The Ripon Forum

Volume 50, No. 4

September 2016

Older, Smaller and Weaker: Dangerous trends for the U.S. military

By on September 22, 2016

by JUSTIN T. JOHNSON

Justin Johnson

Justin Johnson

Fifteen years ago, the U.S. military was called into action after the devastating attacks on September 11. The enemy was capable and committed, but hard to find and finish. Today, while the fight against Islamist terrorists remains a serious challenge, the U.S. also faces nations that are acting more like capable adversaries than potential allies. On top of all that, the U.S. military is getting older, smaller, and weaker.

The growing threats against U.S. interests are familiar to many Americans. We’ve seen Russia’s aggressive actions in Ukraine, and China’s illegal islands in the South China Sea. We know that regardless of the nuclear deal, Iran will continue funding terrorist organizations and pursuing weapons that threaten the United States and our allies. North Korea has combined intercontinental ballistic missiles with its nuclear weapons, and is now also pursuing submarine-launched ballistic missiles. Added to all this is the growing danger of cyber-attacks and the persistent threat of terrorism.

At the same time, many Americans are not aware of the problems facing the U.S. military. Before 9/11, the military was shrinking and the defense budget was small. As the fight against terrorism ramped up, so did defense budgets, but the vast majority of that funding went to fight the wars in Iraq and Afghanistan, not to update or improve the U.S. military. Even after U.S. engagement is the Middle East declined, the military had little time to reset and recover. Since the Budget Control Act was passed in 2011 the defense budget has been cut by 25 percent in real terms, even as operations in Afghanistan and elsewhere continue. We now face a potentially deadly storm of rising threats, major ongoing operations, and dramatic defense budget cuts.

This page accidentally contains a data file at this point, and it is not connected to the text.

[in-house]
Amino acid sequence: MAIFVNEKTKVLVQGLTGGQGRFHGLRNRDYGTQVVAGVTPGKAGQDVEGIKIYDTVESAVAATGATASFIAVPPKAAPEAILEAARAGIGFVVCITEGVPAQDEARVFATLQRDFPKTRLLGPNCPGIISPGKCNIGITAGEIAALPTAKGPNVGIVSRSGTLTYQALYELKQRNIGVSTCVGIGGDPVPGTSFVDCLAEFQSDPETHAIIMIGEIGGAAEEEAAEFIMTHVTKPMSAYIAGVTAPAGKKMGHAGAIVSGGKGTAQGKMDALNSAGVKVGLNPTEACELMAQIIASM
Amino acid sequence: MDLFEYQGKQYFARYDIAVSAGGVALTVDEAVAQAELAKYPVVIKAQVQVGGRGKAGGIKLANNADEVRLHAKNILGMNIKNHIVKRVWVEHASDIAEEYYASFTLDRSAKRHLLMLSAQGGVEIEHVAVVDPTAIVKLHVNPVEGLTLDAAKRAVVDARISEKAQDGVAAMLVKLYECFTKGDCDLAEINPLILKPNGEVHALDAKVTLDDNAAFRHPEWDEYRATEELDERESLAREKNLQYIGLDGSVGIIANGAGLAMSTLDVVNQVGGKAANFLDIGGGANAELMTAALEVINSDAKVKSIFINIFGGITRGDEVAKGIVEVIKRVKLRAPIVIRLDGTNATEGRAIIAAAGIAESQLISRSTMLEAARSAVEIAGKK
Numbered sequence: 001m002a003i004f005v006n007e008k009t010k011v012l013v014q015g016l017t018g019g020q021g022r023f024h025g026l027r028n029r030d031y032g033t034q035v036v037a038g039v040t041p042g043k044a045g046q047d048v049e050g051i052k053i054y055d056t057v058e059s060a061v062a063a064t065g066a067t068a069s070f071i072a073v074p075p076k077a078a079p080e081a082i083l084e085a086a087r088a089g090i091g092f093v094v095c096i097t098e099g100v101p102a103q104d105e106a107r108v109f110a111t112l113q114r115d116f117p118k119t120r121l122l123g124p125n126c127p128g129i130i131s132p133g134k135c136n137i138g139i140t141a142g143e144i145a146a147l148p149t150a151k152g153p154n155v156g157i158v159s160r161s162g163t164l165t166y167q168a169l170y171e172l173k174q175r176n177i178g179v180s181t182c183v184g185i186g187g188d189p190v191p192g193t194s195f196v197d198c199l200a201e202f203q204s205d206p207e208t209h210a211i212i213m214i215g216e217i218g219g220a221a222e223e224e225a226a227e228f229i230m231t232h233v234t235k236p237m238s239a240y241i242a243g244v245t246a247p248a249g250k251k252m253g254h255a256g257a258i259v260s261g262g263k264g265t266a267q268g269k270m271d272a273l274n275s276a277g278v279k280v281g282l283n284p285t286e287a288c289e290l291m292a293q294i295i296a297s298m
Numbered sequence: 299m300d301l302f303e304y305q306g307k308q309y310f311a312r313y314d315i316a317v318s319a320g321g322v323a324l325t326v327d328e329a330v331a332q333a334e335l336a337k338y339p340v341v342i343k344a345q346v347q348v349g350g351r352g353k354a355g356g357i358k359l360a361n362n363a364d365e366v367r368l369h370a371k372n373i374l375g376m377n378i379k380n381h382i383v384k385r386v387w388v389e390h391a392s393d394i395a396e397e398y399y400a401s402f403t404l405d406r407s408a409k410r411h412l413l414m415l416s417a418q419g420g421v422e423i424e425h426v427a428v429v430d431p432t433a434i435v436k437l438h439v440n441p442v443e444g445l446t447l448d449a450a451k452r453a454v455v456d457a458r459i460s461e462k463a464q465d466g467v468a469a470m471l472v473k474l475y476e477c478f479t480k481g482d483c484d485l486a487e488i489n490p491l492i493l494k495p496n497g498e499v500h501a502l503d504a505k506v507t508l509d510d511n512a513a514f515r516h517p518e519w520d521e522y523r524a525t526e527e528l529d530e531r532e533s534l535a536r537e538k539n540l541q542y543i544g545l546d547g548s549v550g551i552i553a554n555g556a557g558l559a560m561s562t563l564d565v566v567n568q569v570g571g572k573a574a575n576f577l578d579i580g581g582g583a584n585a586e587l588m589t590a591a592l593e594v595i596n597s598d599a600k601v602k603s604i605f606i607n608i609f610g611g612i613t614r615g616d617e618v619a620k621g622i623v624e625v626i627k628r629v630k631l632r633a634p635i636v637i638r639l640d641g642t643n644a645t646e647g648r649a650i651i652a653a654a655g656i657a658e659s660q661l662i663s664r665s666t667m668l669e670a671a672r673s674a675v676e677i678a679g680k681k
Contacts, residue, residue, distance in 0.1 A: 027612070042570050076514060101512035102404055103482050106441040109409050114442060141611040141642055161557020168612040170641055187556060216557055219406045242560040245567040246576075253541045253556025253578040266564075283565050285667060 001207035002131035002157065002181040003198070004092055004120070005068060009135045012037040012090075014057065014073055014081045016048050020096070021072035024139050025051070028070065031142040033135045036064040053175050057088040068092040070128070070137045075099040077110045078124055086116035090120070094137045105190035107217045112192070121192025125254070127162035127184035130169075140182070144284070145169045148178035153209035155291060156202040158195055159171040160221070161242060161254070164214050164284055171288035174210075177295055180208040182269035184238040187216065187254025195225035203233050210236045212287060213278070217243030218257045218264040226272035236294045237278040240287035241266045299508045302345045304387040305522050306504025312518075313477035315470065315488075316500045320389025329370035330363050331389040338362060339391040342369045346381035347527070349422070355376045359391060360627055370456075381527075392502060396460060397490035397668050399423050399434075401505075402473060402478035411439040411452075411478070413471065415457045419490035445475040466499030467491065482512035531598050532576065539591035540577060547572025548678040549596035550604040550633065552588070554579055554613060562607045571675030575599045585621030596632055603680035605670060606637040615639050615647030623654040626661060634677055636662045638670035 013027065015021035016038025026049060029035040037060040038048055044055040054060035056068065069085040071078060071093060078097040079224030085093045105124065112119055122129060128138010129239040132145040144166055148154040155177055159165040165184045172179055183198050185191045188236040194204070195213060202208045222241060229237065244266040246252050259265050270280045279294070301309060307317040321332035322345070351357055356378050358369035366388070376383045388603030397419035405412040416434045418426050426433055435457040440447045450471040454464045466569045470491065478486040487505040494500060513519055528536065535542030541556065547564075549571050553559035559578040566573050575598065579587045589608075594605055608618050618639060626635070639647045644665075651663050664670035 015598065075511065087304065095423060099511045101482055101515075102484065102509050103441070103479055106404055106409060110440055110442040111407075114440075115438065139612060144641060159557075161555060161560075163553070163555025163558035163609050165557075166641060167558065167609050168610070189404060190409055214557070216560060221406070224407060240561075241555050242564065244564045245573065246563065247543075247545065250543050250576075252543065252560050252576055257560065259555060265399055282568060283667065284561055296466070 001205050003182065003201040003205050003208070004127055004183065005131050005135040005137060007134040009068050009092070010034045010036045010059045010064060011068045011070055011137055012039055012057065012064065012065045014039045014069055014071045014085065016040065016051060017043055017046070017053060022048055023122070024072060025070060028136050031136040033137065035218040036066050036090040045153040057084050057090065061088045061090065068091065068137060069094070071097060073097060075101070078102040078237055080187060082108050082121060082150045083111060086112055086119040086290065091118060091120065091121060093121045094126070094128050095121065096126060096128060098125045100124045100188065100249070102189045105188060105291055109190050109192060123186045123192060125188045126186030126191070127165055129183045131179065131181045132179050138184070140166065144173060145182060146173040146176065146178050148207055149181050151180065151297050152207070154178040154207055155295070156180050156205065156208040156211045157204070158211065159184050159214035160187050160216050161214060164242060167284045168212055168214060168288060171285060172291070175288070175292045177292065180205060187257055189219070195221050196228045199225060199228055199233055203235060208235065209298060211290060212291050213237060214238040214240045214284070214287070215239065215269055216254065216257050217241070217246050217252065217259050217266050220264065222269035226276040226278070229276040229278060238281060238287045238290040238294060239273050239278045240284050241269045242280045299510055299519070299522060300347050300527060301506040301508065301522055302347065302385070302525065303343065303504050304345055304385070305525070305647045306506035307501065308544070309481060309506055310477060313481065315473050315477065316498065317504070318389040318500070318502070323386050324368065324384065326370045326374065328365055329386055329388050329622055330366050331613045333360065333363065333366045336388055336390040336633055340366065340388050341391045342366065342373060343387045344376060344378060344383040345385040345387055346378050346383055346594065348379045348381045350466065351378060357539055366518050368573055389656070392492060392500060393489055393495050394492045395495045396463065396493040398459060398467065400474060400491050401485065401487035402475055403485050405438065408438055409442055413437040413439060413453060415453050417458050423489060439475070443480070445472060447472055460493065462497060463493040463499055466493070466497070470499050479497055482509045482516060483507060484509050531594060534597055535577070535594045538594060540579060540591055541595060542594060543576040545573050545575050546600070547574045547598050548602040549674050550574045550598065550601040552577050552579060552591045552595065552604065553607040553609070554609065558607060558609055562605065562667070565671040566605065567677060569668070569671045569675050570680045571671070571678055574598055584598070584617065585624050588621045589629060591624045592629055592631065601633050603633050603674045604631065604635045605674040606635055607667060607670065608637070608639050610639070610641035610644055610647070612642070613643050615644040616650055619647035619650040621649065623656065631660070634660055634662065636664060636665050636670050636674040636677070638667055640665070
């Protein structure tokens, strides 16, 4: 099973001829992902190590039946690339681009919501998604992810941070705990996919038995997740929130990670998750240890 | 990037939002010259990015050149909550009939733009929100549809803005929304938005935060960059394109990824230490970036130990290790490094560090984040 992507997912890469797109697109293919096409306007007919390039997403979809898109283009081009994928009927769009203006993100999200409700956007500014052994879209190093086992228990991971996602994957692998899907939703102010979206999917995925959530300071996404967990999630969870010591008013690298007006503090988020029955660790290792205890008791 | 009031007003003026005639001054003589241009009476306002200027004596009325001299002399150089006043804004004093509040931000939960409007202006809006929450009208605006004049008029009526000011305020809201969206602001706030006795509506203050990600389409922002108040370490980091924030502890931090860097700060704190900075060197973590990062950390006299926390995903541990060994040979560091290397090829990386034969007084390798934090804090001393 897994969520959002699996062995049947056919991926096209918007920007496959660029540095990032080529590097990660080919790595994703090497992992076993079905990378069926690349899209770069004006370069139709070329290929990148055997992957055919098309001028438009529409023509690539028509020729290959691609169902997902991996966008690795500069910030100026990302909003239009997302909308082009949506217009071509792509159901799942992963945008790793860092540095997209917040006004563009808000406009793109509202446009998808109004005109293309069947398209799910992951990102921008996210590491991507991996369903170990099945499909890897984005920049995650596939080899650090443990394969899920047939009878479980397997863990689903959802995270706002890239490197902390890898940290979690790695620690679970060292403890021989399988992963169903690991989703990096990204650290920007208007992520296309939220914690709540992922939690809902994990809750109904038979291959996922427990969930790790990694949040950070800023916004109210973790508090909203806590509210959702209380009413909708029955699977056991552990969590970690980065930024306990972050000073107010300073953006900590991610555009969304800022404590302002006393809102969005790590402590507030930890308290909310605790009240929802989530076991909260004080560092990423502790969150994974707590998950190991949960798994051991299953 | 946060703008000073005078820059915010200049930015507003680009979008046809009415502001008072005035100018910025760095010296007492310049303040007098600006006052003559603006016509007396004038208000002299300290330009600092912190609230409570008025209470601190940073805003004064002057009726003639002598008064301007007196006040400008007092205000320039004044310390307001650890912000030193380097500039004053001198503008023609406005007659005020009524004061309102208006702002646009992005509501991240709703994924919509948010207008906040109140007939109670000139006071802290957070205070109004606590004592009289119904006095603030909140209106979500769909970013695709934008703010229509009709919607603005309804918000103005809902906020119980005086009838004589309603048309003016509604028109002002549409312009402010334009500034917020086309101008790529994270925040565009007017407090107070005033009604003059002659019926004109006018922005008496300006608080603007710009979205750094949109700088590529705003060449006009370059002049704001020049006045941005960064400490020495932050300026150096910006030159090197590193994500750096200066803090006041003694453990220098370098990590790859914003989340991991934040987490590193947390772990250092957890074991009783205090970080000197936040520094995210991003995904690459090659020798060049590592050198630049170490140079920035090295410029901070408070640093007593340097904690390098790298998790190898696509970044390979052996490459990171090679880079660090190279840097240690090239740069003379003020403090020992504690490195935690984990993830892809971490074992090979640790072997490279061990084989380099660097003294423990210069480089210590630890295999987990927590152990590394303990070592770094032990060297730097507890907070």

We now face a potentially deadly storm of rising threats, major ongoing operations, and dramatic defense budget cuts.

The problems facing the U.S. military are in three main areas.  A strong military, just like a good police department or a winning sports team, is built on three basic building blocks: equipment, training, and size. A police department without good equipment, like the right police cars or bulletproof vests, will struggle to protect its community. A football team that never trains – never throws the ball or runs plays – will struggle to win. And any organization, from a kid’s soccer team to the U.S. military, will struggle if it is not big enough to play the game or meet the mission. Unfortunately, in all three areas – equipment, training, and size – the U.S. military is struggling.

The U.S. military’s warfighting equipment today was largely designed and built during the Cold War. During the 1990’s, investments in modernizing the military were minimal. In the following decade, funding for ongoing conflicts did not leave much room in the budget for modernization, and some major modernization efforts, like the Army’s Future Combat System, did not produce results. Today, that lack of modernizing means that the Air Force’s main bomber fleet averages 53-years old and its main aerial refueling tankers entered the fleet in 1956. And the other military services have similarly old, sometimes even antiquated, equipment.